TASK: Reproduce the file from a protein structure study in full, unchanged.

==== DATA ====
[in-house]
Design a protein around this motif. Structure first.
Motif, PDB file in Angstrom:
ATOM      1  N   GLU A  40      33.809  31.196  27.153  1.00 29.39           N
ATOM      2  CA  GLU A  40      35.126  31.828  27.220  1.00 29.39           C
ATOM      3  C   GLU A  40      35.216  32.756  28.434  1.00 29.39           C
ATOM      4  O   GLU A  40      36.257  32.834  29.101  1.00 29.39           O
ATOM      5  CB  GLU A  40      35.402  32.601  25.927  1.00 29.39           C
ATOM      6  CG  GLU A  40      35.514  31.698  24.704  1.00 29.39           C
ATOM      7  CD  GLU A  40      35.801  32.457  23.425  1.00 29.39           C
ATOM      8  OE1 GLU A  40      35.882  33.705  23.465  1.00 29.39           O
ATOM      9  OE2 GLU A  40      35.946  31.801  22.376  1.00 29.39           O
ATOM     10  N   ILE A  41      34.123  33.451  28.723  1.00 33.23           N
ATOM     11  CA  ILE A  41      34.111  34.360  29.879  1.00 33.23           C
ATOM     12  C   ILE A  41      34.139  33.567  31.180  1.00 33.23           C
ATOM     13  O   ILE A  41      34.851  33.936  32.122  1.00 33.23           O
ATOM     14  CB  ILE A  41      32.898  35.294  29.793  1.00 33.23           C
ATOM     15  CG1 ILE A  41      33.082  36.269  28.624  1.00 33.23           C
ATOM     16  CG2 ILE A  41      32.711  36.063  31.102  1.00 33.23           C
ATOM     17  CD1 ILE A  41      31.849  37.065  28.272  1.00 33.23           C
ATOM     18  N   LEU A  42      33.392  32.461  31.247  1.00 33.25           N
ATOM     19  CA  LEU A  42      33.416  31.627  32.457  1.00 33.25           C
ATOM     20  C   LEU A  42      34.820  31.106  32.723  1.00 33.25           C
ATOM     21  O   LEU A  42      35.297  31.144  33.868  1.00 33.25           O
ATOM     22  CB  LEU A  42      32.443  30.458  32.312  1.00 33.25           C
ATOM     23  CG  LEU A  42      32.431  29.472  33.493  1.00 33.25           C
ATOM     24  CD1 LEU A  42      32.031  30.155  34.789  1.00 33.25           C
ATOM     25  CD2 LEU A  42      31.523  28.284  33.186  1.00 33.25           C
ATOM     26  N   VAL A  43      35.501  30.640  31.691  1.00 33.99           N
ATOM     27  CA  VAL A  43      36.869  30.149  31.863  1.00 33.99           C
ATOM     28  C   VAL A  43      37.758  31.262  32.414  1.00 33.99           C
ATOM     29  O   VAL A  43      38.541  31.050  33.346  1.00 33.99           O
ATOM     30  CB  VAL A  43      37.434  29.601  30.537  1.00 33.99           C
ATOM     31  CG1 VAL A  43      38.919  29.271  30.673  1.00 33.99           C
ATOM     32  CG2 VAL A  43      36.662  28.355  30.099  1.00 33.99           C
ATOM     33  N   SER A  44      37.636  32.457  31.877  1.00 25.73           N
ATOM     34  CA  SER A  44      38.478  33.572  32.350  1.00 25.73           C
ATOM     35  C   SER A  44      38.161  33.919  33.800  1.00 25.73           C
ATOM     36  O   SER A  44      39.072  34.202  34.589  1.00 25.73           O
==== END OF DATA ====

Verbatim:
[in-house]
Design a protein around this motif. Structure first.
Motif, PDB file in Angstrom:
ATOM      1  N   GLU A  40      33.809  31.196  27.153  1.00 29.39           N
ATOM      2  CA  GLU A  40      35.126  31.828  27.220  1.00 29.39           C
ATOM      3  C   GLU A  40      35.216  32.756  28.434  1.00 29.39           C
ATOM      4  O   GLU A  40      36.257  32.834  29.101  1.00 29.39           O
ATOM      5  CB  GLU A  40      35.402  32.601  25.927  1.00 29.39           C
ATOM      6  CG  GLU A  40      35.514  31.698  24.704  1.00 29.39           C
ATOM      7  CD  GLU A  40      35.801  32.457  23.425  1.00 29.39           C
ATOM      8  OE1 GLU A  40      35.882  33.705  23.465  1.00 29.39           O
ATOM      9  OE2 GLU A  40      35.946  31.801  22.376  1.00 29.39           O
ATOM     10  N   ILE A  41      34.123  33.451  28.723  1.00 33.23           N
ATOM     11  CA  ILE A  41      34.111  34.360  29.879  1.00 33.23           C
ATOM     12  C   ILE A  41      34.139  33.567  31.180  1.00 33.23           C
ATOM     13  O   ILE A  41      34.851  33.936  32.122  1.00 33.23           O
ATOM     14  CB  ILE A  41      32.898  35.294  29.793  1.00 33.23           C
ATOM     15  CG1 ILE A  41      33.082  36.269  28.624  1.00 33.23           C
ATOM     16  CG2 ILE A  41      32.711  36.063  31.102  1.00 33.23           C
ATOM     17  CD1 ILE A  41      31.849  37.065  28.272  1.00 33.23           C
ATOM     18  N   LEU A  42      33.392  32.461  31.247  1.00 33.25           N
ATOM     19  CA  LEU A  42      33.416  31.627  32.457  1.00 33.25           C
ATOM     20  C   LEU A  42      34.820  31.106  32.723  1.00 33.25           C
ATOM     21  O   LEU A  42      35.297  31.144  33.868  1.00 33.25           O
ATOM     22  CB  LEU A  42      32.443  30.458  32.312  1.00 33.25           C
ATOM     23  CG  LEU A  42      32.431  29.472  33.493  1.00 33.25           C
ATOM     24  CD1 LEU A  42      32.031  30.155  34.789  1.00 33.25           C
ATOM     25  CD2 LEU A  42      31.523  28.284  33.186  1.00 33.25           C
ATOM     26  N   VAL A  43      35.501  30.640  31.691  1.00 33.99           N
ATOM     27  CA  VAL A  43      36.869  30.149  31.863  1.00 33.99           C
ATOM     28  C   VAL A  43      37.758  31.262  32.414  1.00 33.99           C
ATOM     29  O   VAL A  43      38.541  31.050  33.346  1.00 33.99           O
ATOM     30  CB  VAL A  43      37.434  29.601  30.537  1.00 33.99           C
ATOM     31  CG1 VAL A  43      38.919  29.271  30.673  1.00 33.99           C
ATOM     32  CG2 VAL A  43      36.662  28.355  30.099  1.00 33.99           C
ATOM     33  N   SER A  44      37.636  32.457  31.877  1.00 25.73           N
ATOM     34  CA  SER A  44      38.478  33.572  32.350  1.00 25.73           C
ATOM     35  C   SER A  44      38.161  33.919  33.800  1.00 25.73           C
ATOM     36  O   SER A  44      39.072  34.202  34.589  1.00 25.73           O